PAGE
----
“What is That to Us?”
2018 Lenten Midweek Sermon B
February 21, 2018
Then Judas, His betrayer, seeing that He had been condemned, was remorseful and brought back the thirty pieces of silver to the chief priests and elders, saying, “I have sinned by ‘betraying innocent blood.” And they said, “What is that to us? You see to it!” Then he threw down the pieces of silver in the temple and departed, and went and hanged himself. Matthew 27:3-5
“Where your treasure is, there your heart will be also.” (Matthew 6:21) So says Jesus. Judas heard these words when Jesus preached them, but he didn’t understand. He didn’t understand because he loved his treasure too much to consider where that put his heart. The affection that we give to the things we own can never be reciprocated.
Perhaps Judas is too stark an example for us. We may like the stuff we have but we certainly wouldn’t betray our Lord Jesus for a few dollars more than we already have! We need to understand that Judas did not set out to betray Jesus. He knew right from wrong. He had a conscience. Judas knew that what he had done was wrong. “I have sinned by betraying innocent blood.” Judas did not ﬁrst learn the difference between right and wrong after he betrayed Jesus to be condemned. But his love for money blinded him. He was blind to what he knew to be good and right. He gave his heart to the false god of more money. When he tried to get his heart back he couldn’t. He was helpless.
Being helpless is not the problem. In fact, being helpless is the only way we can be helped. God helps the helpless. The old saying that God helps those who help themselves is not found anywhere in the Bible. God helps the helpless. Judas’ helplessness wasn’t his undoing.
“I have sinned by betraying innocent blood!” What a terrible sin! Don’t try to sugarcoat it. The rock opera, “Jesus Christ, Superstar,” portrayed Judas in a sympathetic light as a disillusioned revolutionary who had lost his faith in Jesus because Jesus failed to do what Judas believed the Messiah should do. That may have made for good theatre, but it was a total misrepresentation of the historical ﬁgure, Judas Iscariot, whom we know from the accounts in the four Gospels. Judas eas a greedy thief. He loved his money more than he loved Jesus.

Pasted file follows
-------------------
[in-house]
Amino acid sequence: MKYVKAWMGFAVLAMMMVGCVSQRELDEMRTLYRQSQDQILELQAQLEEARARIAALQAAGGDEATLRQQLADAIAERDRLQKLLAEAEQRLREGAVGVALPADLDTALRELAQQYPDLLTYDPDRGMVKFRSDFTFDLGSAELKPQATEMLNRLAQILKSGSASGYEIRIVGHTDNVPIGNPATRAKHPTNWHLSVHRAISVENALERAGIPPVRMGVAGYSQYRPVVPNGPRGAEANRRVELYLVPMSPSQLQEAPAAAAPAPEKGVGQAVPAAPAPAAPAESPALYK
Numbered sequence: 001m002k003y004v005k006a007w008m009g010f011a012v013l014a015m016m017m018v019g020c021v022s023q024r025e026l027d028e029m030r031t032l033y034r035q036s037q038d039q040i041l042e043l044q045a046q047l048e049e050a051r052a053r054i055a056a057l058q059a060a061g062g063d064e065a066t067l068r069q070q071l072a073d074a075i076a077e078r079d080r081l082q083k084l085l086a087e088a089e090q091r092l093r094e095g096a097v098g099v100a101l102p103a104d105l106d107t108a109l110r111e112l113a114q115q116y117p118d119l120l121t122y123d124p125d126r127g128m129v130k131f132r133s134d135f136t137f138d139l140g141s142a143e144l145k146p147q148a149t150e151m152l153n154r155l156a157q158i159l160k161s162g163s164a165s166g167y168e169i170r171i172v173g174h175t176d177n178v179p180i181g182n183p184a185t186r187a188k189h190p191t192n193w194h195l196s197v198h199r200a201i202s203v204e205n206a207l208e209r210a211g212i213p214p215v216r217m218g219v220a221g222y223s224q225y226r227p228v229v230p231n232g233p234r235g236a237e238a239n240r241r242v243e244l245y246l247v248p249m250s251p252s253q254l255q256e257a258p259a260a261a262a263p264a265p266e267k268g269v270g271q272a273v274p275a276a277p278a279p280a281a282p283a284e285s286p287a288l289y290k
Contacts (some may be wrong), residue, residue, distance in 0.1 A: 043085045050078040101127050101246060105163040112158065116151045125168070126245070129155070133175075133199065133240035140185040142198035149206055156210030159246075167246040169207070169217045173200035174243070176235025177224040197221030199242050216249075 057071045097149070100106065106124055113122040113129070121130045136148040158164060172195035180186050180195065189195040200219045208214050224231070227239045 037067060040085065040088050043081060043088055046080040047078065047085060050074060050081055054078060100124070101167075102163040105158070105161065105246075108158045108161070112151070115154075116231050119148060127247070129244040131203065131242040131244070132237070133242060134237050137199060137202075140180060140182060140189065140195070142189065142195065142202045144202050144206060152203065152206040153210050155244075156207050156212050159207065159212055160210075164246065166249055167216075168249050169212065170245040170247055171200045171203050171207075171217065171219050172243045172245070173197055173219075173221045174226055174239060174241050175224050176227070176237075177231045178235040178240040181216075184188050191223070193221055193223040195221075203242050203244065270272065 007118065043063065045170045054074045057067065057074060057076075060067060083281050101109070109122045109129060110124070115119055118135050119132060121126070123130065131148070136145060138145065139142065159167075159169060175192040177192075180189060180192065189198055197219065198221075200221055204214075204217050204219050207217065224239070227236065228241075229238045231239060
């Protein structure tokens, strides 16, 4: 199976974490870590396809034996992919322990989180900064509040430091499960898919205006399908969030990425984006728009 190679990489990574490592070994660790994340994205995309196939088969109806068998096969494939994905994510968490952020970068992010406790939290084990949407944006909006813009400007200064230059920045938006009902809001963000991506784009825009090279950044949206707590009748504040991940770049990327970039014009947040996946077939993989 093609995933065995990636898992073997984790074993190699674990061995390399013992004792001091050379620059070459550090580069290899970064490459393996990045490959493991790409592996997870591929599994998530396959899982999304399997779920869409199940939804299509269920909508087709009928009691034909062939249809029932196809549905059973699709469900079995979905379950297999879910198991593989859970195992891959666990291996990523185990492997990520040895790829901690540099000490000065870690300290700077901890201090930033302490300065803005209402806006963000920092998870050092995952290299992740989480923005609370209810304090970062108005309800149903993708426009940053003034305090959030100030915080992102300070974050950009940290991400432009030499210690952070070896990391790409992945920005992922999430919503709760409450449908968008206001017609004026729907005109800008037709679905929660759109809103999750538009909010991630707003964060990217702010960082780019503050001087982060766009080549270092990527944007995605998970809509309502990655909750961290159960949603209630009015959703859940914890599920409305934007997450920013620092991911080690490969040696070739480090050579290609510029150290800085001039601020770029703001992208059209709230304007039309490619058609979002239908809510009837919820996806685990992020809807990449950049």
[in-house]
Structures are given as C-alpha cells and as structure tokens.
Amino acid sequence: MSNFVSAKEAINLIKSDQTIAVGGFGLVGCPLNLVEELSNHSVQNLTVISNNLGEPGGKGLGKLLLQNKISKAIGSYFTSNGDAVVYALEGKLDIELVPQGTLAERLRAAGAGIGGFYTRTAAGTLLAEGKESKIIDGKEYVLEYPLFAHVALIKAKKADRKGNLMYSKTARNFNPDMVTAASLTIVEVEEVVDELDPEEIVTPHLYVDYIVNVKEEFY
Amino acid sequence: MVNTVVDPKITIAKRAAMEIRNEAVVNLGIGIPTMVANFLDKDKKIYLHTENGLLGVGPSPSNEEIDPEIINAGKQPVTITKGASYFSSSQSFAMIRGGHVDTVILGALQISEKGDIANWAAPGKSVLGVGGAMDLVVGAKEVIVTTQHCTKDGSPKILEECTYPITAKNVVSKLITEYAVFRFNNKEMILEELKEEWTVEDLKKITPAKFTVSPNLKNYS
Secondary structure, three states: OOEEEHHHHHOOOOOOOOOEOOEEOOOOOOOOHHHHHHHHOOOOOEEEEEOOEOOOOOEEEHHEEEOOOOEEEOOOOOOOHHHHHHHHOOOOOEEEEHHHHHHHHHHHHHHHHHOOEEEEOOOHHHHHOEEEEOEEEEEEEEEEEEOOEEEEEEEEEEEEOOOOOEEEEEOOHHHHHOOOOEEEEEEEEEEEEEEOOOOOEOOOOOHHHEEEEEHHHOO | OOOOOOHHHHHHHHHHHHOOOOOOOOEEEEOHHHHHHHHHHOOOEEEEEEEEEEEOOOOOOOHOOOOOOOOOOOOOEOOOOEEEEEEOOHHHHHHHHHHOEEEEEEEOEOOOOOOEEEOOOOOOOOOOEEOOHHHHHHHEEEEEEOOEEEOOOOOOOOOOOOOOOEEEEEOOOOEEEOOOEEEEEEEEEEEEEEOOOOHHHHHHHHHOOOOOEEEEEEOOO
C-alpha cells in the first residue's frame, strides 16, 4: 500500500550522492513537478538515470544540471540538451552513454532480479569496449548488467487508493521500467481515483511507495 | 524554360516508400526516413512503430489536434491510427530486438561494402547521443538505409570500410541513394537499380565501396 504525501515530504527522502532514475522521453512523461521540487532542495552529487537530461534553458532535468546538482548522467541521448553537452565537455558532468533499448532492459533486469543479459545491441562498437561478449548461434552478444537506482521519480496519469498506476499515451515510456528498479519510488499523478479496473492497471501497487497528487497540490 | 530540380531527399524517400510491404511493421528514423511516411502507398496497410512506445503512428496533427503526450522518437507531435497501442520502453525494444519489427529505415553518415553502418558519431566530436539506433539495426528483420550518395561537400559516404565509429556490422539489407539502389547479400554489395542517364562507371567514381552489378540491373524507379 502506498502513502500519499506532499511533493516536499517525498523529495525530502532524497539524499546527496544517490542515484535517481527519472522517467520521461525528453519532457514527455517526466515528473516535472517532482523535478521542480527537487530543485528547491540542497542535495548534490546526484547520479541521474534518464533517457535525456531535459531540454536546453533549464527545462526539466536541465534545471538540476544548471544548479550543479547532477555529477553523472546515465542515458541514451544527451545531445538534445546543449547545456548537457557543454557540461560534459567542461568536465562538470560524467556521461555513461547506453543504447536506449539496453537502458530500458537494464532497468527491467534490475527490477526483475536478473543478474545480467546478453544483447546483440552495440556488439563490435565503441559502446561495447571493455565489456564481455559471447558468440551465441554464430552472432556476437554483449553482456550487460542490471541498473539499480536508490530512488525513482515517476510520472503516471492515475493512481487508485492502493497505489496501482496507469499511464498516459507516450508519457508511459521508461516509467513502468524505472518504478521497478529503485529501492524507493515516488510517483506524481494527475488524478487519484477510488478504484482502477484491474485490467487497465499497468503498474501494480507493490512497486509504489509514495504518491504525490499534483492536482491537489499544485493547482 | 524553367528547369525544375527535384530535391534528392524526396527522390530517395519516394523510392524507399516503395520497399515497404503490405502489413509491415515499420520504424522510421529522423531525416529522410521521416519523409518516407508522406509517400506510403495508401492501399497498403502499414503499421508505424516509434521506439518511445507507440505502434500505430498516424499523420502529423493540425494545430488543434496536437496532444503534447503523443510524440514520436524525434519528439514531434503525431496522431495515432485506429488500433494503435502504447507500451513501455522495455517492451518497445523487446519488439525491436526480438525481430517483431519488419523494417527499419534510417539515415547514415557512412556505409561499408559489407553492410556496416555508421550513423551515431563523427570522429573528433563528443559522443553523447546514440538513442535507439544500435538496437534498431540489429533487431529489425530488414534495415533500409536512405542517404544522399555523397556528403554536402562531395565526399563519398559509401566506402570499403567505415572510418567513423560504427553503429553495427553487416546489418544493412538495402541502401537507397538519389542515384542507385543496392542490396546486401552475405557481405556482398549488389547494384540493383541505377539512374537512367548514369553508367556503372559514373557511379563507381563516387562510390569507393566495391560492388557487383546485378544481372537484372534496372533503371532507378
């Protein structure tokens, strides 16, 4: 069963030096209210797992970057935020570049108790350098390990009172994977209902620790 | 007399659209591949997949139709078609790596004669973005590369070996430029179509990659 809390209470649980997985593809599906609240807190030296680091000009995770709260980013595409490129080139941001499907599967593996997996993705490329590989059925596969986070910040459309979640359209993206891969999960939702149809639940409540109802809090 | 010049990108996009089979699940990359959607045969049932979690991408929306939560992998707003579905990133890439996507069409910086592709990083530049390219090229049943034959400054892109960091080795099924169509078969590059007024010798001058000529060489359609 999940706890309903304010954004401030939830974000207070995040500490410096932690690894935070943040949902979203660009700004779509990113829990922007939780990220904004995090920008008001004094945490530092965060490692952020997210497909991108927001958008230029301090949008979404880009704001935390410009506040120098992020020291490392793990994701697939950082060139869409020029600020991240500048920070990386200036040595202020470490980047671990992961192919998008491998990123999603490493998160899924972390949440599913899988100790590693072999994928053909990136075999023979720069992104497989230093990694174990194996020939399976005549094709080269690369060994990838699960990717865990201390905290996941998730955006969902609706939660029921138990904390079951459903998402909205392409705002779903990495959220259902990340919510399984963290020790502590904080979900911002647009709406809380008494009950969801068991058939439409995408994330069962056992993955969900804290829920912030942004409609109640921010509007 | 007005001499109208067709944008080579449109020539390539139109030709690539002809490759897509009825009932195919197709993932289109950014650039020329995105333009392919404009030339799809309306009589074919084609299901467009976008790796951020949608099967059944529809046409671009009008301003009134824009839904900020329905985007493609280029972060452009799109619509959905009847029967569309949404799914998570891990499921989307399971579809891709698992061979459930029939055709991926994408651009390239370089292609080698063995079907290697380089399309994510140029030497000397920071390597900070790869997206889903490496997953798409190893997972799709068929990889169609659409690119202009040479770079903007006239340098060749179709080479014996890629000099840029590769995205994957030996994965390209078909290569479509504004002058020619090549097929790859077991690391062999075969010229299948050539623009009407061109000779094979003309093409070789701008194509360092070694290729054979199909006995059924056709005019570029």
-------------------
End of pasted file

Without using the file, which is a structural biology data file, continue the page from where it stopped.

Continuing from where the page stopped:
Judas lost more than his greatest love. He lost his faith. You can lose what you love and you can mourn and it hurts. We all learn to deal with that as we lose our loved ones. In fact, We keep on loving the ones we lose as they live on in our hearts. But when you lose your faith you are both helpless and without help.
Judas trusted in a false god and when he looked to that god for comfort the god didn’t care. Judas gave his life in service to a false god and when he looked to that god to help him the god refused. Judas did not die and go to hell because he sinned against innocent blood. Judas didn’t die and go to hell because God couldn’t or Wouldn’t save such a helpless sinner as he. Judas died and went to hell because the god in Whom he had trusted couldn’t save him in his time of need. His god could only say, “What is that to us? You see to it!” He could only watch Judas go out and hang himself.
“What is that to us?” When you trust in the god who tells you to see to it yourself you must then see to it yourself. Right? You obey the one you trust. So Judas went out and he saw to it himself. He hanged himself. No one but the holy God loves a sinner. An irony, for sure! The One who lives in that unapproachable light that no sinner can stand to see is the only one who cares about the sinner who is suffering in the helplessness of his sin. Everyone else will say, “What is that to us?” They don’t care.
Only Jesus can deal with guilt. Only the sin bearer can forgive you your sin. No one can help you. Everyone else will ﬁnally say, “What is that to us? We gave you what you Wanted. What else do you want? You want more money? You agreed to the price. Go ﬁnd someone else to betray if you want more money, our business with you is concluded.”